Attracting Teddy Bees this Spring

Teddy bear Bees Amegilla bombiformis are one of the many native Australian bees that may be found in your garden. They are a solitary species that somewhat superficially look like European Bumble Bees (Bombus sp.) or even sometimes confused with introduced European honey bees (Apis mellifera) when seen from a far. But close up you can see why they got their name. 

It's probably unclear in many urbanised environments how their numbers are faring. Habitat loss, high use of pesticides and introduced competition probably all have a culminating impact. But we can help turn things around for many of our native species. 

What food Plants can you provide them?

Going native local provenance plants is one of the best ways to help local biodiversity including local native bee populations.

FOOD PLANTS to consider include:

Plectranthus parviflorus 

Senna barronfieldii

Native Verbena

Dianella Sp

Leptospermum polygalifolium

Parsonsia straminea

Shelter Plants

Leptospermum polygalifoilum is one we see these bees often roosting on for the night. They require often dead twigs on these and other similar shrubs, so don't make these shrubs too neat! They will use live young shoots too but not as frequently.

Help grow their numbers

A bee hotel in your garden provides yet another layer of essential habitat for these sometimes overlooked natives, the bee hotel for Teddy Bear bees best made out of mud bricks. Put a few premade holes in the mud and hopefully you will get the attention of a passing Teddy bee.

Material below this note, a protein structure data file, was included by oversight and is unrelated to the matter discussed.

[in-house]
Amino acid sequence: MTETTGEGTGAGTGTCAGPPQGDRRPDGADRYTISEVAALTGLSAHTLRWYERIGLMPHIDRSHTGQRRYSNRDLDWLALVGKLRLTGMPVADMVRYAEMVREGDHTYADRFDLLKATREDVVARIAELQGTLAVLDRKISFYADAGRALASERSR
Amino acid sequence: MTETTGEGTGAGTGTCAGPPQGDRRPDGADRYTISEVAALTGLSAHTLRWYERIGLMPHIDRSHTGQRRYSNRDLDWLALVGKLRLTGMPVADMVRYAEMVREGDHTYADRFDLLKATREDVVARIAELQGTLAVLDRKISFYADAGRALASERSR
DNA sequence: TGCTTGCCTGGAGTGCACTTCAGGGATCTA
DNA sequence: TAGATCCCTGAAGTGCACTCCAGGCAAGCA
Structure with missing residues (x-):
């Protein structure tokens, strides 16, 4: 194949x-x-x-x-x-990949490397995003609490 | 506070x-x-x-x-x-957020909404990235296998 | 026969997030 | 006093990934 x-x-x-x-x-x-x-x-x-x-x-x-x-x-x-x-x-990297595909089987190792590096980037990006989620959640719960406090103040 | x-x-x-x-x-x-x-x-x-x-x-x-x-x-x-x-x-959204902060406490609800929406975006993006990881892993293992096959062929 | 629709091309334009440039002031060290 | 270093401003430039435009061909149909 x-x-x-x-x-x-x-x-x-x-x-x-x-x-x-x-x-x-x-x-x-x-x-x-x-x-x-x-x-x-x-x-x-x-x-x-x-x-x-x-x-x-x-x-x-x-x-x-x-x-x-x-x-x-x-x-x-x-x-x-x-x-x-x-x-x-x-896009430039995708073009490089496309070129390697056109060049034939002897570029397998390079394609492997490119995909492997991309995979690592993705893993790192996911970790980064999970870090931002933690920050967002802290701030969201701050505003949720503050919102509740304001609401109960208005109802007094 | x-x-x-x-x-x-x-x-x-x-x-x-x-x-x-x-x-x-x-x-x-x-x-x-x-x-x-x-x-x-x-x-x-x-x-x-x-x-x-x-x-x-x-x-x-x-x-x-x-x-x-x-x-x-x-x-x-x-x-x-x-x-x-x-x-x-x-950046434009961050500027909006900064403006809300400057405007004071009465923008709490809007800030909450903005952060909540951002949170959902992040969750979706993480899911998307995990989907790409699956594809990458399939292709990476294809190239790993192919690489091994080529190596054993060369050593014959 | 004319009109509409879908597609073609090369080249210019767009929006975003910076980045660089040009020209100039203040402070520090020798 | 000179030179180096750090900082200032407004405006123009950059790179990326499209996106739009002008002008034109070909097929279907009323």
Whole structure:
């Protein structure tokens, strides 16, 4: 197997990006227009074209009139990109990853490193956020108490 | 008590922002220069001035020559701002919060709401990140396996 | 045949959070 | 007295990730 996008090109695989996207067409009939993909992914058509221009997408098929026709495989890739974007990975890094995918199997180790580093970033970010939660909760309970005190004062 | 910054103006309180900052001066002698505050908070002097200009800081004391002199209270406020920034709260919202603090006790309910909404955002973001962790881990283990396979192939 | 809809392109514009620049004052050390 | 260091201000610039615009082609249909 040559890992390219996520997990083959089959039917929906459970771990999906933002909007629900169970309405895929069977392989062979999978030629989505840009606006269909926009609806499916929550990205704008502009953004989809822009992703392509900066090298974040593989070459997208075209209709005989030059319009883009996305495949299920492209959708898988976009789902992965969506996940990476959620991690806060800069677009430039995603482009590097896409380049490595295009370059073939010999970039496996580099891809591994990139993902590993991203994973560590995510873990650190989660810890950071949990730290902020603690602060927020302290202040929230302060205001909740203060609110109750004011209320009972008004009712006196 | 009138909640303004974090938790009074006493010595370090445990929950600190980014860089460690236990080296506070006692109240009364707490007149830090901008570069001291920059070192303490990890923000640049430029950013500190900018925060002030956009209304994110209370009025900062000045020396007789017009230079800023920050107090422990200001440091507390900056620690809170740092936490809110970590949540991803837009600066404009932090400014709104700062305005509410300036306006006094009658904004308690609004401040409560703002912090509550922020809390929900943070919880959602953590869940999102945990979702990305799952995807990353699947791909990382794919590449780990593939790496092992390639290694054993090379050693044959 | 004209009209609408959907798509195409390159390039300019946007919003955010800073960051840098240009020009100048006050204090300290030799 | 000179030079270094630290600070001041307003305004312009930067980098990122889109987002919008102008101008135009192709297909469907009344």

Remove exotic plants from the garden?

Before you go to war with your exotics, even the weeds in your garden bed.. observe them carefully over at least a year as chances are the local bees/birds and other wildlife may be using them for shelter or food, of course that is until you purchase or grow your local provenance replacements. Even so do this process slowly and watch carefully, try and identify what's using the exotics and switching over to the local provenance plants. It may take some time for local wildlife including bees to realise their natural food source is back. If the exotic plant poses a threat to local remnant vegetation it may be better to remove it quickly as more habitat and native animals could be lost overall if allowed to invade more habitat! 


This is a simple effective way at keeping yourself, your garden and its inhabitants safe.

We avoid any synthetic Pesticides or Herbicides choosing organic and fully biodegradable alternatives, but even with these more environmentally friendly alternatives we still use caution or avoidance. Often a pest is a symptom of another issue that once addressed brings everything else into a healthy balance. 


You are now armed with a few pointers on how to attract and provide habitat for Teddy Bear Bees. Feel free to contact us for more information 

Stay tuned for more posts to come

Happy growing!




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